Richard Hopkin

Meet Richard Hopkin

Richard Hopkin

Senior Associate

Richard is a solicitor who began practicing immigration law when he started employment at the Home Office as a New Asylum Model case-owner in November 2006. He was thereafter employed by the Home Office between 2006 and 2015 variously as a Presenting Officer, and latterly a Senior Presenting Officer, as a national policy officer for the s. 94 Nationality, Immigration and Asylum Act 2002 power, and as a senior caseworker / team manager in the Specialist Appeals Team, Angel Square.

He subsequently worked as a Grade 7 manager in HMRC’s Fraud Investigation Service between 2015 and 2019, and has also taught immigration law as a visiting lecturer at the University of Law and worked as a locum Grade 7 lawyer at the Government Legal Department’s Home Office Immigration Teams.

He retains an academic interest in refugee / protection and deportation law – see https://www.ein.org.uk/blog/article-31-and-inadmissibility-under-part-4a-nationality-immigration-and-asylum-act-2002 – and accepts instructions in all areas of immigration, nationality and asylum law, including judicial review. He joined MRS Solicitors in March 2024.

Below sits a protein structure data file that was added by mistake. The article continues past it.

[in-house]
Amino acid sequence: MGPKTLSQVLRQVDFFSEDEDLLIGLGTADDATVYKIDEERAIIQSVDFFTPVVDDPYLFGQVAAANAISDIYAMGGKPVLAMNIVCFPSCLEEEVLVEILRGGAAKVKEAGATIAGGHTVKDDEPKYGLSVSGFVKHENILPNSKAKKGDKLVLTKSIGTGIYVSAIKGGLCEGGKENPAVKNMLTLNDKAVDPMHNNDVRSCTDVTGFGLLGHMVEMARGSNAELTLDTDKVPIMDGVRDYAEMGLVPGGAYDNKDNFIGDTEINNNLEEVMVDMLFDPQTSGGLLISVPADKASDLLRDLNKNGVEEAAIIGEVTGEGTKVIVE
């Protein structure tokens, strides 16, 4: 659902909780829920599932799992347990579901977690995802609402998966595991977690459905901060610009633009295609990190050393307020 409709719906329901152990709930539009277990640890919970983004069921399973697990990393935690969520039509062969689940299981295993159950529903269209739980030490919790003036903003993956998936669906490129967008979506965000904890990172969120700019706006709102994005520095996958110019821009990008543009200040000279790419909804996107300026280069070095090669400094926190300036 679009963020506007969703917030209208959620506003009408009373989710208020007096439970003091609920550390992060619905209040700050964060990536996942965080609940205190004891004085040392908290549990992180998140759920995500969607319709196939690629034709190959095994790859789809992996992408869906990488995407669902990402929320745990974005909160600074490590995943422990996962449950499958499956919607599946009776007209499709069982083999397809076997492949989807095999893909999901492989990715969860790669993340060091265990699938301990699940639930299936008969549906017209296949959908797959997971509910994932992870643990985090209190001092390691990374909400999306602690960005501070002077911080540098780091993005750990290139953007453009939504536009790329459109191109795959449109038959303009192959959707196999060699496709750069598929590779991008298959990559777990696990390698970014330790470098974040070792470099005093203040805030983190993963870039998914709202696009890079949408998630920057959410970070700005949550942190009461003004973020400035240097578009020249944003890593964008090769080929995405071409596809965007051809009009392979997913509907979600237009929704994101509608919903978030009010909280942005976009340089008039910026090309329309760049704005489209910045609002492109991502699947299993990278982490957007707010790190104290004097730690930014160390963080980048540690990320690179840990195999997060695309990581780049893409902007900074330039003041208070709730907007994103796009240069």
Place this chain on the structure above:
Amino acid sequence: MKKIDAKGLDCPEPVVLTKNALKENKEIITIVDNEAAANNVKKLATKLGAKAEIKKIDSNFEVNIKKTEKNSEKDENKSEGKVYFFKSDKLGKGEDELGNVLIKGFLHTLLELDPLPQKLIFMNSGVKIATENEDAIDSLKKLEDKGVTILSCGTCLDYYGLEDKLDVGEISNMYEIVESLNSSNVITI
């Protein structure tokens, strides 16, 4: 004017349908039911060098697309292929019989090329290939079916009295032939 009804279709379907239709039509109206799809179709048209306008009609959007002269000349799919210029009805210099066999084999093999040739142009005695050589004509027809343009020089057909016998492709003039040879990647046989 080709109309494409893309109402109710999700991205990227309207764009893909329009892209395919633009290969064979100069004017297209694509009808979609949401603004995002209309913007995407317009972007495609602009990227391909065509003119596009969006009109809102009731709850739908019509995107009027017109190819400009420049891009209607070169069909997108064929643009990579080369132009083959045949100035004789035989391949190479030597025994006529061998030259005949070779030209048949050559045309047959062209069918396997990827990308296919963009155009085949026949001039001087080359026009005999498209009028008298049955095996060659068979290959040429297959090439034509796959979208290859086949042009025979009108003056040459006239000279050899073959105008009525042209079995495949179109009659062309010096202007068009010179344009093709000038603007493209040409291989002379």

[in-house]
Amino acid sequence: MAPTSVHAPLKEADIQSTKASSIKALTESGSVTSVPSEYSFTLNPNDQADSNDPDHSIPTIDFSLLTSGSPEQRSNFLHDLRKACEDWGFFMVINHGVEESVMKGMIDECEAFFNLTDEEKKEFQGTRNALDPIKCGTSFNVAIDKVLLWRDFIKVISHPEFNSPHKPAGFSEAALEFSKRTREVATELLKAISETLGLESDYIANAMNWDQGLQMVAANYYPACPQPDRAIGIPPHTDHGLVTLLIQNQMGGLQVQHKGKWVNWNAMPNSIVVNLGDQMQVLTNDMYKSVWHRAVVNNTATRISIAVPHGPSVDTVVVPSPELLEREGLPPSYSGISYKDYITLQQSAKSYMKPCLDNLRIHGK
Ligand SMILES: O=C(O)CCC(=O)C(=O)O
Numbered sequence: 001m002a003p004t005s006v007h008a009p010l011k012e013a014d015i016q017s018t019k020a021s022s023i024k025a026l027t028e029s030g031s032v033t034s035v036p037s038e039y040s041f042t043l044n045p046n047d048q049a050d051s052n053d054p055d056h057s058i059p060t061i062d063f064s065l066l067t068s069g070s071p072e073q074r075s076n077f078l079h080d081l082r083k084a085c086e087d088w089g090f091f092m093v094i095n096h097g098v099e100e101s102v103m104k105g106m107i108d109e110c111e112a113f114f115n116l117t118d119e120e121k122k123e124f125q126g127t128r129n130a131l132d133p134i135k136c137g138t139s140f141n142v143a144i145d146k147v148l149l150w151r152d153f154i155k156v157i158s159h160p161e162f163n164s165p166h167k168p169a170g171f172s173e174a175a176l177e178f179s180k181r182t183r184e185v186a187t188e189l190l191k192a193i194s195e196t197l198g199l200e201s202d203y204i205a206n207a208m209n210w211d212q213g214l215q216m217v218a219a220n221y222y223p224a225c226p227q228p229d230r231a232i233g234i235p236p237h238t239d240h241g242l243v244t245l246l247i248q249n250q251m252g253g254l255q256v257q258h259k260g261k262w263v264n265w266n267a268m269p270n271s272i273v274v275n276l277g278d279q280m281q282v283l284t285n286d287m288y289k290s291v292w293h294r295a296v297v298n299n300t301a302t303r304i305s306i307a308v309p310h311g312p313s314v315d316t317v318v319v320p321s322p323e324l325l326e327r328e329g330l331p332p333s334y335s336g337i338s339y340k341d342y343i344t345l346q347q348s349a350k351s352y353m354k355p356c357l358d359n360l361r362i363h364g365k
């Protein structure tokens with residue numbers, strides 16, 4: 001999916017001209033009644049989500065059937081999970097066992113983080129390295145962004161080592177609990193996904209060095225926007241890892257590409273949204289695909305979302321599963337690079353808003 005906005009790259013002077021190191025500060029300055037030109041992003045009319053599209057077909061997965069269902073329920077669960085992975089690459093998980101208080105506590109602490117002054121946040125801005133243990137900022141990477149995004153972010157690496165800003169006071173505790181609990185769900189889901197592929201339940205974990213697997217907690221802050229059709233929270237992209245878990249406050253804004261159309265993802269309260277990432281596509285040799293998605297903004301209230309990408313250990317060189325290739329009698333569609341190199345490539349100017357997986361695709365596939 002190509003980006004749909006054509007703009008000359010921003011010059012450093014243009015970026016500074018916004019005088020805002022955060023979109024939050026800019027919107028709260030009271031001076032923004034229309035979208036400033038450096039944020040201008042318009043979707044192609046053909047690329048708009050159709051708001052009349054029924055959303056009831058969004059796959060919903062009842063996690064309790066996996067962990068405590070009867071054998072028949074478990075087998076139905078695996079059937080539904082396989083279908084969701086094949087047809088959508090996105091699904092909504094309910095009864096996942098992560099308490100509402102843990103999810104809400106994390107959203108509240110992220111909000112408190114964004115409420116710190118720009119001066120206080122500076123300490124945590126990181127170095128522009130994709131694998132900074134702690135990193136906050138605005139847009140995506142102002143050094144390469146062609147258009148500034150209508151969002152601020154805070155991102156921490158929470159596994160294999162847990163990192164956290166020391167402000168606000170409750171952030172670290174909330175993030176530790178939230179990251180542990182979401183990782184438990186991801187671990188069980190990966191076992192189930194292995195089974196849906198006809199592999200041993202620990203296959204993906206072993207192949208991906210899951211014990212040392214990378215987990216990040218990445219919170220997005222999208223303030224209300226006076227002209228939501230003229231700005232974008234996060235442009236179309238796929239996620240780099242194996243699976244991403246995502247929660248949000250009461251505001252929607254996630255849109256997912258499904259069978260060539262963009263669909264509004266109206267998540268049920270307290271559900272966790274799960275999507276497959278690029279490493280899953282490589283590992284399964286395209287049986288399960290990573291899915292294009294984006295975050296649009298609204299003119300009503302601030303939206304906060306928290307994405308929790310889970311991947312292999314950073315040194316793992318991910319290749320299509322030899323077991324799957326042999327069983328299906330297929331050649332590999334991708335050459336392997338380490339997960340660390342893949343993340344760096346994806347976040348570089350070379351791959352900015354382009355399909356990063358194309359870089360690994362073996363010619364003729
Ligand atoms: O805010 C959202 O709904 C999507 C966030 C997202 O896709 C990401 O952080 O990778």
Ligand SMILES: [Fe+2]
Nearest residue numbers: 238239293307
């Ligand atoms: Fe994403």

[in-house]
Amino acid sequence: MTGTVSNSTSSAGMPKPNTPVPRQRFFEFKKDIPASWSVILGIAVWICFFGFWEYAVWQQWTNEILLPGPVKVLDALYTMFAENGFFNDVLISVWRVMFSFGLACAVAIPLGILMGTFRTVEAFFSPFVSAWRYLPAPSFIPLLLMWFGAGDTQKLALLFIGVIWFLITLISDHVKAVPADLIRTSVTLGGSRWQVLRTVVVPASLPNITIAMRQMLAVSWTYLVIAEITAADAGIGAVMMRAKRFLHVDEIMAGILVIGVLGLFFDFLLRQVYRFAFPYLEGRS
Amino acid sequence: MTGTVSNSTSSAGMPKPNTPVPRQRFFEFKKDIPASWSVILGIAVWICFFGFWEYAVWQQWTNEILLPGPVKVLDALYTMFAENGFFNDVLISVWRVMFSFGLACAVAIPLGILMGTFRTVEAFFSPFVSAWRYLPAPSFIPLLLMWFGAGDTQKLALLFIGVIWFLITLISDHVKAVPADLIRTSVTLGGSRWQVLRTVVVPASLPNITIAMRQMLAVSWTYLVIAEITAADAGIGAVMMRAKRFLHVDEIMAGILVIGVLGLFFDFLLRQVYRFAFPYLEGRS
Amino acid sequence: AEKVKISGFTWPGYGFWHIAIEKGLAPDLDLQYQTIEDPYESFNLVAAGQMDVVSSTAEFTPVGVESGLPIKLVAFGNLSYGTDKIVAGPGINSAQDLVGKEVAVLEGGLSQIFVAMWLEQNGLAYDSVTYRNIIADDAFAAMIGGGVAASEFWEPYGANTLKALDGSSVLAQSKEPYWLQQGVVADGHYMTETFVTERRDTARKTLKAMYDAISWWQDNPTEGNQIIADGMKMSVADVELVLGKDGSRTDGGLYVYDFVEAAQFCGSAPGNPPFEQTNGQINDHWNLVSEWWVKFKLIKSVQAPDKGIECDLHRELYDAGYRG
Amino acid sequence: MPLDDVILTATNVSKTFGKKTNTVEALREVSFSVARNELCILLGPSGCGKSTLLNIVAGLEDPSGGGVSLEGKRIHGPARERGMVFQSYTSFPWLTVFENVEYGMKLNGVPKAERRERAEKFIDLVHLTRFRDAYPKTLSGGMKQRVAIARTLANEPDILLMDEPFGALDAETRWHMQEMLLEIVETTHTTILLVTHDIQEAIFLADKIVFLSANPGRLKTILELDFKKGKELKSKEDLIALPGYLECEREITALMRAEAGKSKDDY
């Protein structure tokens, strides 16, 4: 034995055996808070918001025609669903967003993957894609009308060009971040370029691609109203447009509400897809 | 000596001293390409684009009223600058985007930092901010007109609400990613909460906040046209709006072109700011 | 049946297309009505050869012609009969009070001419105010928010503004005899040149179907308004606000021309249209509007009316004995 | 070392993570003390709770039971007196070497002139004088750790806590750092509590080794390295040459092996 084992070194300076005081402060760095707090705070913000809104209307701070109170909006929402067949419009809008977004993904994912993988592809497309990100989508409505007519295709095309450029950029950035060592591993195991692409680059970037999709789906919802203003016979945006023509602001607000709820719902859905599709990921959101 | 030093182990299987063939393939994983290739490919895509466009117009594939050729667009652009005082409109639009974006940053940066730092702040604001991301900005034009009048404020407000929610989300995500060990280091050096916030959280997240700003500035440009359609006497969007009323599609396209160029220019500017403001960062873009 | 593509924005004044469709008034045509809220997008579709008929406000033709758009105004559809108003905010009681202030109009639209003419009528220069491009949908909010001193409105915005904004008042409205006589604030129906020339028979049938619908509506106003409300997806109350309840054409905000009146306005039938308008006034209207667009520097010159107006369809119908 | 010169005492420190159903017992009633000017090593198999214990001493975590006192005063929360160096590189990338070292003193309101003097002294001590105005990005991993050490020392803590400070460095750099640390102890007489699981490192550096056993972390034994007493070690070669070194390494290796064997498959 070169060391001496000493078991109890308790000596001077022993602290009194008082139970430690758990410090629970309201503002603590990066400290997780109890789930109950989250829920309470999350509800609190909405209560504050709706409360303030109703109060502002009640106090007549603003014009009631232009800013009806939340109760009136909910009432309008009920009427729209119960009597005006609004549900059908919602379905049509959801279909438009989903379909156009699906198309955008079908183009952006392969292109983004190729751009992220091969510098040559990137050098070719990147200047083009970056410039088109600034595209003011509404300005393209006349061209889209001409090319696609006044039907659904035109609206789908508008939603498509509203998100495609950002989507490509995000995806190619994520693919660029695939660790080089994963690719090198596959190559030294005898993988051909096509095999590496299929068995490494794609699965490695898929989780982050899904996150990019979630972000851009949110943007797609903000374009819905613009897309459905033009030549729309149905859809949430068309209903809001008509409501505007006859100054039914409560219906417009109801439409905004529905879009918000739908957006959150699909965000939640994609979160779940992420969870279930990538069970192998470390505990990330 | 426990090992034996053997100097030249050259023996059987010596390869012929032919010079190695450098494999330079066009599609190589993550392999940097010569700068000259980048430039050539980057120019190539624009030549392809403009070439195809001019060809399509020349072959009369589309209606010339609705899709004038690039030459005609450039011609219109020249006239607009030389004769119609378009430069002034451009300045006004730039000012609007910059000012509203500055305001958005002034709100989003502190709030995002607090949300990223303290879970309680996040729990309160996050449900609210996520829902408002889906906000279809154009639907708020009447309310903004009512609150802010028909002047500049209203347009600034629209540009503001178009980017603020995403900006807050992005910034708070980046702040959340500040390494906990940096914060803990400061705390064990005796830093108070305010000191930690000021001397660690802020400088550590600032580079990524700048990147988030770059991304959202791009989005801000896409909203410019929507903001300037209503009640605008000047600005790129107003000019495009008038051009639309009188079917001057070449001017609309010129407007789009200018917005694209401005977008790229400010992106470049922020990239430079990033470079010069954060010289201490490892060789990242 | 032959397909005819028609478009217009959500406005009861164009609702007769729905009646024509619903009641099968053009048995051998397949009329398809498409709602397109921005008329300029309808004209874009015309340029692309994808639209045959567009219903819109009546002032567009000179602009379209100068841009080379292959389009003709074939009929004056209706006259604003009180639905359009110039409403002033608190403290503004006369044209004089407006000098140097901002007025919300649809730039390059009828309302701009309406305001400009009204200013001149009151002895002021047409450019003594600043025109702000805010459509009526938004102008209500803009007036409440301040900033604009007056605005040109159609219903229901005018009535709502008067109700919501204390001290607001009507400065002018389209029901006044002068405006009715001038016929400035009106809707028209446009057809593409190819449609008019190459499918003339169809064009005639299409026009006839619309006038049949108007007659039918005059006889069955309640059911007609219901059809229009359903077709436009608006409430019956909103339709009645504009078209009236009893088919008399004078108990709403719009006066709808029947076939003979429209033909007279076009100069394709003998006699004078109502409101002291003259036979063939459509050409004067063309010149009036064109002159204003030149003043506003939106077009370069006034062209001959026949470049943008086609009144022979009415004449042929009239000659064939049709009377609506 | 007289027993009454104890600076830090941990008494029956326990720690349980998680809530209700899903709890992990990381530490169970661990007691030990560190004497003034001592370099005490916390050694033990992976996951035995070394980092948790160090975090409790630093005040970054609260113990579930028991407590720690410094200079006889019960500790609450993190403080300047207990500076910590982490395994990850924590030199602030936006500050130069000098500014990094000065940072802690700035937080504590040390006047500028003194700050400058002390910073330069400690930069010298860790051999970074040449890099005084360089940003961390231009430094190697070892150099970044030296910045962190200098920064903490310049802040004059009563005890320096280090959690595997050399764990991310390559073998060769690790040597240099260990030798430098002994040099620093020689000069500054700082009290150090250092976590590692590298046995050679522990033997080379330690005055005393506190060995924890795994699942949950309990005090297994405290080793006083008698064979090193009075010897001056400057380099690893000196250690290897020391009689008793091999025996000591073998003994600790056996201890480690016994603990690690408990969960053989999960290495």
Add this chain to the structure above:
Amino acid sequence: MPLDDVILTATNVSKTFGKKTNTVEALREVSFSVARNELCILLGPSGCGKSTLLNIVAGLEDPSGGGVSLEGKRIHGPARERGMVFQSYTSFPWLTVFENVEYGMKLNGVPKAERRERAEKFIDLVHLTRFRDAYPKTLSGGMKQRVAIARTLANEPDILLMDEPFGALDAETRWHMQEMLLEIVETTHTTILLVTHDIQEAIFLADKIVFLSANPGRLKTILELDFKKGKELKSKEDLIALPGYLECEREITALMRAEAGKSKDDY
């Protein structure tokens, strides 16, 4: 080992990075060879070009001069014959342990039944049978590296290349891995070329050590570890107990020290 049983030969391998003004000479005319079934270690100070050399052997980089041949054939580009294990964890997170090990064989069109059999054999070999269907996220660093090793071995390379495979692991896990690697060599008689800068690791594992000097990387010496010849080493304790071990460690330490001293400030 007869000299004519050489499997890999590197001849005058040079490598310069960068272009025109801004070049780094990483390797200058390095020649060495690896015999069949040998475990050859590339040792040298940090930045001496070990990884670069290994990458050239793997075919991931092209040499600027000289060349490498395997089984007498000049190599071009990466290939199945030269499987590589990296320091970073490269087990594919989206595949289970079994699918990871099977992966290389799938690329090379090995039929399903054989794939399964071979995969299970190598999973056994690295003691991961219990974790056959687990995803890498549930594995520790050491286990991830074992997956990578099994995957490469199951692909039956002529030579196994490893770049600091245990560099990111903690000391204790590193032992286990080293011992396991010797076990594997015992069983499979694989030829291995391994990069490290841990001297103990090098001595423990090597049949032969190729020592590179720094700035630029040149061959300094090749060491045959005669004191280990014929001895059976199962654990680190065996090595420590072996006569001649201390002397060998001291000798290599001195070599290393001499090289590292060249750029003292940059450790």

Notable reported cases 

Significant unreported cases 

AQ v SSHD (IA/29066/2009) UT (IAC) 24/03/2010

Appellant convicted of conspiracy to wound with intent to do grievous bodily harm, conspiracy to possess an offensive weapon and violent disorder in gang attack which led to the death of the victim. SSHD sought to exclude appellant from the refoulment protection afforded by the 1951 Refugee Convention. Successfully appealed UT decision to the Court of Appeal (via UT) (sub nom AQ (Somalia) v SSHD [2011] EWCA Civ 695), and subsequently successfully excluded the appellant on UT rehearing.  

Bilal Ahmed v SSHD (IA/07231/2015) FtT (IAC) 14/08/2015.

FtT (IAC) statutory appeal and JR  (sub nom R (ex parte Bilal Ahmed) v SSHD (EEA/s.10 appeals rights: effect) IJR [2015] 00436 (IAC)). FtT hearing by panel of UT judges, at issue was whether marriage was one of convenience under EEA law. I successfully argued that it was – and permission to appeal was refused, see Ahmed, R (On the Application Of) v Secretary of State for the Home Department [2016] EWCA Civ. 303 (08 March 2016) at paragraph 5. 

Contact Richard Hopkin

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